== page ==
The place was really buzzing and busy,

      Canterbury DHB has had a bit of a rocky path recently, but I would give them 10/10 for their vaccination programme.

      • I Feel Love 1.3.1

        Same Tony, I got a txt, surprised I was in that group (yet didn't bleat on Twitter "wtf? Why did they txt me, waaaaaah"), checked the hyper link they sent, booked my 2 dates (plenty of options, dates & times & venues, I chose the one next suburb over), & am ready to go. Fucking simple.

      • Molly 1.3.2

        Was not contacted despite being in Group 2. Rang to enquire, told that I was Group 3, booked in for first jab six weeks after. (Still meet Group 2 criteria when I checked MoH Covid website.)

        Went in. Took two hours. 1 and a half hours in queue. About 80-90 in queue.

        Son got random text on weekend. Thought it might be a scam, knowing how I had to wait. By the time he discovered it wasn't, booking had been rescinded. No follow up available.

      • Forget now 1.3.3

        I am actually typing this as I sit in waiting area after the jab (hence having the free time for the site). No waiting at all before, seats are slightly crammed together for wait after- but that's not much of a complaint.

        Though the way the site railroads you into 3 week interval is a bit of an issue. I am planning on canceling my second appointment now I have had my first jab, and reschedule the 2nd for 8-12 weeks away. 12 weeks was the original recommended interdose interval, but 10 weeks seems equivalent, 3 weeks is absolute minimum & may not produce as robust an immune response.

        On mobile, so not so easy to link sources. Mainly the UK PITCH study – long preprint pdf.

        Out the door now. Less than half an hour total and most of that was waiting around afterwards.

    • pat 1.4

      My observation is that the main problem appears to be an over-reliance on internet capability (an increasing problem when dealing with Gov, depts)….I booked online for my mother and the system appeared to operate very smoothly albeit the dates were sometime out in the future but if you try to book via phone I can see there are potentially multiple issues.

      • weka 1.4.1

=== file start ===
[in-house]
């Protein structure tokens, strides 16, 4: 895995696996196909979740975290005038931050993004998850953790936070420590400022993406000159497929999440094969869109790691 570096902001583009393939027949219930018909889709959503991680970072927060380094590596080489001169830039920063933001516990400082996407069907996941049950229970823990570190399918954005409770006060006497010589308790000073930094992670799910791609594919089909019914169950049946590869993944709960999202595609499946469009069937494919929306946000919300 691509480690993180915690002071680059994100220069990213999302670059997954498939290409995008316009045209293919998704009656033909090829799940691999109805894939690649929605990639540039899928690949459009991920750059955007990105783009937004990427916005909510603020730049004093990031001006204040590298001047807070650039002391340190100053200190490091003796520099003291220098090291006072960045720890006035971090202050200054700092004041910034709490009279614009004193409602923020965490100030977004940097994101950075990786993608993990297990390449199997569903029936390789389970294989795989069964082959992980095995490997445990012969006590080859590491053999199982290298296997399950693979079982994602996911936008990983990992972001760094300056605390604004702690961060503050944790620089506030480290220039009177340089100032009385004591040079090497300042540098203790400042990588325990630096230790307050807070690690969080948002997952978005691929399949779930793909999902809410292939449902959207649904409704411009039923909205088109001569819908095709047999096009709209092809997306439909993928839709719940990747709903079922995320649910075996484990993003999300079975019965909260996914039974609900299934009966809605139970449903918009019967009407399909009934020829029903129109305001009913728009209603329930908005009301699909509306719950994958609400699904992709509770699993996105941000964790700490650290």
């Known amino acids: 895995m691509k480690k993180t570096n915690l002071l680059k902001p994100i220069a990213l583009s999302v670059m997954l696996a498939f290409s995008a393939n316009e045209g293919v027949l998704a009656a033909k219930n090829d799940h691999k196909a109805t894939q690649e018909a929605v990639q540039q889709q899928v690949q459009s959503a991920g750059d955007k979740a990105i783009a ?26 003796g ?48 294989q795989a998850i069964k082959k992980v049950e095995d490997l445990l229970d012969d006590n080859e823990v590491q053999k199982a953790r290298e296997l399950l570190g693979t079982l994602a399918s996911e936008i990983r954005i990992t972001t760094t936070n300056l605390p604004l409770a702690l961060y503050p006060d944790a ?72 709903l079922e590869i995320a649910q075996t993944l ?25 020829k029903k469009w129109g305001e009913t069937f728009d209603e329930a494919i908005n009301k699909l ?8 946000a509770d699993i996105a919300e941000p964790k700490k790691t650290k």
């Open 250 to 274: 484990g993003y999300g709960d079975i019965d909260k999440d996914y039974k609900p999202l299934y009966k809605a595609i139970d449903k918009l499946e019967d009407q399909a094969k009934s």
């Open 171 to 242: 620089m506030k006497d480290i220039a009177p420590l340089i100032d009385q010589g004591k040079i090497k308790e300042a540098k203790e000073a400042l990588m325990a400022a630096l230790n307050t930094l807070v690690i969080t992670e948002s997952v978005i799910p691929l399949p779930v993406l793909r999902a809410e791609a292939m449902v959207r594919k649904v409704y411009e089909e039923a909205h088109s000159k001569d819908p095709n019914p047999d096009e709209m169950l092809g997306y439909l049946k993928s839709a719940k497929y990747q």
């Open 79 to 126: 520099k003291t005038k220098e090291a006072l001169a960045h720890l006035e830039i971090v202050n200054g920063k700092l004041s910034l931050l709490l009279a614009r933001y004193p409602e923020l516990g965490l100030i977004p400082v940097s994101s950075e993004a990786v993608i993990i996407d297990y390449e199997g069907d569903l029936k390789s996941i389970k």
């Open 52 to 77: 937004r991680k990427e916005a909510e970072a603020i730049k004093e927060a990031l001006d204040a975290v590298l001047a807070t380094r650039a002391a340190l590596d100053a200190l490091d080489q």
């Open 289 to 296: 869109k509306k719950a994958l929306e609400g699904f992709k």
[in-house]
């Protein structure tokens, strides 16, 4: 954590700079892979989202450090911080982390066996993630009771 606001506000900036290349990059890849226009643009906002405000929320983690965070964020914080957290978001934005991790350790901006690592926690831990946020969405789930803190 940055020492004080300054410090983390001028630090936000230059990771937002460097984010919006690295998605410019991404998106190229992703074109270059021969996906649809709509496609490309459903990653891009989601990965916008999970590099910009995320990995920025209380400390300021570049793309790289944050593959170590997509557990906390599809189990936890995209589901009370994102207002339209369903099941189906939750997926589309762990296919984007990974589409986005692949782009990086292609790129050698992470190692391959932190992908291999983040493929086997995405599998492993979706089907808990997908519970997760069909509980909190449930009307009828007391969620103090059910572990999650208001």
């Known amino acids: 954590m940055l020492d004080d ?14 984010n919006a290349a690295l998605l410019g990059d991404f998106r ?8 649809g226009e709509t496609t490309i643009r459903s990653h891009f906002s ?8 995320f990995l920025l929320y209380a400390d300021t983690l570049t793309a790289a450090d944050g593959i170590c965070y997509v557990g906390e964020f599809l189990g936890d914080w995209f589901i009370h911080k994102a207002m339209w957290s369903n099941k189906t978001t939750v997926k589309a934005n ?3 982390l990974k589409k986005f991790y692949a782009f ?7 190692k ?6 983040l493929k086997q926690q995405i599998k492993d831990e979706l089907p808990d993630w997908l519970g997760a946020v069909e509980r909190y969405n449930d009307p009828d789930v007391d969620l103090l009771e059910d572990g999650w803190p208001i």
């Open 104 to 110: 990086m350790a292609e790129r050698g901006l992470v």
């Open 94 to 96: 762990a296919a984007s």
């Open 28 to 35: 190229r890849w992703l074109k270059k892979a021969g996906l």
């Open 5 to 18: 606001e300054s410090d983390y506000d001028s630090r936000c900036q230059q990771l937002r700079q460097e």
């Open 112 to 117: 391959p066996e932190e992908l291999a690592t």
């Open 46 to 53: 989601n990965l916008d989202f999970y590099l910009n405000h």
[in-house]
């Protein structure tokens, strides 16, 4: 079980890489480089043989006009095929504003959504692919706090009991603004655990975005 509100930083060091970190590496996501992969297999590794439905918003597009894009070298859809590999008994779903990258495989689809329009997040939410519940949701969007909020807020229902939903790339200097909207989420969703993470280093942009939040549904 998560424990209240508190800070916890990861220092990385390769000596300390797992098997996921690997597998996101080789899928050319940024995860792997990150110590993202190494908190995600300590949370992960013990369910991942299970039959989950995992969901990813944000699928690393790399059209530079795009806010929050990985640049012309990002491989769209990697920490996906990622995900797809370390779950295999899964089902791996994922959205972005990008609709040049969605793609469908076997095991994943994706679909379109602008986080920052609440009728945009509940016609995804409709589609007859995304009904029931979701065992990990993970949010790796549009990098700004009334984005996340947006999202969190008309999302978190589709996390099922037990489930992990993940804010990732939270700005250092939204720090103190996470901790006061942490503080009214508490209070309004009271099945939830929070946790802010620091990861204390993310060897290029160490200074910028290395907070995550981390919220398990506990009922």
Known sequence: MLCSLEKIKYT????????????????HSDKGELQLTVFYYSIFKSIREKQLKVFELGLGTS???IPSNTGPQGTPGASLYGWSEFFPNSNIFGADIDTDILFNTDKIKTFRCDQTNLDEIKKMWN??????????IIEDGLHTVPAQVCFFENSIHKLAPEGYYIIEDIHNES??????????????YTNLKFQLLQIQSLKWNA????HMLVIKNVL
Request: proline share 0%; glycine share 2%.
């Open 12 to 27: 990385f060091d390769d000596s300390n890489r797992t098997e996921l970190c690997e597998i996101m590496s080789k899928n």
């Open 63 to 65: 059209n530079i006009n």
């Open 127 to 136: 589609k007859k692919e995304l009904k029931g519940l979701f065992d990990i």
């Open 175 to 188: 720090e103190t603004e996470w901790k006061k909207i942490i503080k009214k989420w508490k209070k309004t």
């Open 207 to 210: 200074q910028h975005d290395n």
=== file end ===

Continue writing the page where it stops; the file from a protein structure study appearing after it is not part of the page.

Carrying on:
the 'trouble' is that people are having problems accessing the vaccination? Rather than say people declining to be vaxxed?

        • pat

          Thats one of the complaints i have heard….it is a seperate issue to vaccine hesitancy.

        • Sabine

          That is what i have encountered in my discussion with clients of all ages. For some it went swimmingly well, others over 70 like my in laws still waiting? And they live rural, so internet and phone can be sketchy. But yeah, accessing atm i think is a far greater problem then refusniks.

    • Adrian 1.5

      Your faith in the Army is a bit misguided, there are only a few thousand to call on in the armed forces and only a limited number of them are available to do the sort of work required. Yes, there is a logistics problem and the main one of them is the 20 minute wait-time post injection to check for adverse reactions, real or imagined. This requires the attendance of trained nurses and quite a few of them. Keep in mind that the injection takes less than a minute, give or take, but twenty times that for the observation period. So in a large one site effort of say 20 trained vaccinators, within 20 minutes you have a rolling, well, sitting anyway, maul of 400 post vaccinated people and that would require quite a lot of trained nurses. Trained REGISTERED nurses are essential for this part of the operation, definitely not someone who has done a half day First Aid course, adverse reactions, of any kind, can get critical very, very quickly and highly experienced staff are essential. Medical people are also very aware of how "contagious " reaction panic can get after one genuine case happens in a crowded enviroment. A badly handled reaction involving non-registered medics or God forbid an 18 year old army private could derail the entire safe roll-out quicker than a Boris or a Judith.

      So that is why the job is being done by the DHB's, not Rotary, or the Lions or the well-meaning, and certainly not the Army. DHBs know the medical protocols and the staffing requirements and the huge complications around finding enough suitable people to do the job properly while still running a full health service in winter mode.

      This will also explain the slow uptake of GP surgeries to do the job, most don't have the sitting, parking and other space available to do the job, not to mention the fact that most are working to capacity on their normal work anyway.

      I well remember the howling chaos on vaccination day in the 50s at school, an era when TV cameras and "Karens " were a long way in the future, even the Olympics would be pushed off the first item of the 6 oçlock news if a shit-fight of those proportions was to break out anywhere.

    • David 1.6

      It starts with the message from the top. The message from the top is we don’t have COVID so we don’t need to rush. We can be 125th in the world and the messaging from the top still maintains that’s okay. No rush. So no one is rushing.

    • Bearded Git 1.7

      Sanctuary….I believe you are buying into the Seymour meme when you say the vaccination roll out is in trouble. It seems to be ramping up nicely with the best vaccine on the planet.